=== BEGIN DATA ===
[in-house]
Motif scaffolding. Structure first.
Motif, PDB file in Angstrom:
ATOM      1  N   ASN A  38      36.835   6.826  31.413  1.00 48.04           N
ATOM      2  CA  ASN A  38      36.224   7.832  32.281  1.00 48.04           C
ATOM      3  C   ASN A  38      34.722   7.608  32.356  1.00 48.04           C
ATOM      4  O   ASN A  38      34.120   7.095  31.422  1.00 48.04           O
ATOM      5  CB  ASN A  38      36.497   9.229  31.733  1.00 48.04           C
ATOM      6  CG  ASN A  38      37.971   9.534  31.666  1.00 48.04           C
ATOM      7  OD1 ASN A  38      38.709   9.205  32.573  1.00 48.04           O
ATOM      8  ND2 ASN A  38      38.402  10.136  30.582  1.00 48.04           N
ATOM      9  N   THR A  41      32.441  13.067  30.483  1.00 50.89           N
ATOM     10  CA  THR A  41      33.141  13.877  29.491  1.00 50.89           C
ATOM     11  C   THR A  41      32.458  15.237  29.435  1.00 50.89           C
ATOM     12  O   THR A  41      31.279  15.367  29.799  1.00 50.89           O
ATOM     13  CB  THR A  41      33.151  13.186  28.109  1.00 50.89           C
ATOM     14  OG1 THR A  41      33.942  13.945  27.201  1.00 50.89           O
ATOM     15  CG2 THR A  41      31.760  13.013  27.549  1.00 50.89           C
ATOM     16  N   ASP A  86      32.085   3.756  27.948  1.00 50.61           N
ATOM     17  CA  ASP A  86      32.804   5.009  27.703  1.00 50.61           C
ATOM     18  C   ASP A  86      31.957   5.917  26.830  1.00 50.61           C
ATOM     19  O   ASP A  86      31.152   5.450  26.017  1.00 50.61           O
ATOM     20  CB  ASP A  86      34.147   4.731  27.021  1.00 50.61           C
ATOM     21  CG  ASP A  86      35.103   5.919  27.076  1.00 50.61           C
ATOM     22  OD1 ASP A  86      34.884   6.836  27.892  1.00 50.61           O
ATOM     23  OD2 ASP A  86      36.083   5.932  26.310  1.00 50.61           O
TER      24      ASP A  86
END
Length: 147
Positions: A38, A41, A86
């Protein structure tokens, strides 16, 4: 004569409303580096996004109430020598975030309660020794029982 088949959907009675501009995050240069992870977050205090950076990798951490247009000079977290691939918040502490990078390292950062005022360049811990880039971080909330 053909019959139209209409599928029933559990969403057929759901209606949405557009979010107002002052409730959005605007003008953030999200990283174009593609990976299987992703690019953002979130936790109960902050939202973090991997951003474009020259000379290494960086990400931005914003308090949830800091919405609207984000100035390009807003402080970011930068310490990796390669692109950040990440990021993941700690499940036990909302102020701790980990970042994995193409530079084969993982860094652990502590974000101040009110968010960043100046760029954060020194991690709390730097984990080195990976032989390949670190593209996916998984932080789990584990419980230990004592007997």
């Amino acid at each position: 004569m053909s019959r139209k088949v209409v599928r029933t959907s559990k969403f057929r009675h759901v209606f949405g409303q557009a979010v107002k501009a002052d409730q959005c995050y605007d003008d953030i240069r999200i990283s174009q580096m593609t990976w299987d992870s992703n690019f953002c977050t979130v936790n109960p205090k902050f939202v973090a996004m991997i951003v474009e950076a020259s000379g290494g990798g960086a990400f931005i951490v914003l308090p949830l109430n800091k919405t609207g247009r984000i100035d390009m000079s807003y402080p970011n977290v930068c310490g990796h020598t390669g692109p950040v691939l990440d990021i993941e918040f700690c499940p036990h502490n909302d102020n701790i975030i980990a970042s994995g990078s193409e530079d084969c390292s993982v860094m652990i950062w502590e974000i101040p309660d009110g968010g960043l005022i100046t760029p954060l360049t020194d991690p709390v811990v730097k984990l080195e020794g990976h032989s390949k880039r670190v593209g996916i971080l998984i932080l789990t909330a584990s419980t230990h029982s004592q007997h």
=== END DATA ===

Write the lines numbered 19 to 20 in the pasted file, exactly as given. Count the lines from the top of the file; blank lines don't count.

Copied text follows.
ATOM     16  N   ASP A  86      32.085   3.756  27.948  1.00 50.61           N
ATOM     17  CA  ASP A  86      32.804   5.009  27.703  1.00 50.61           C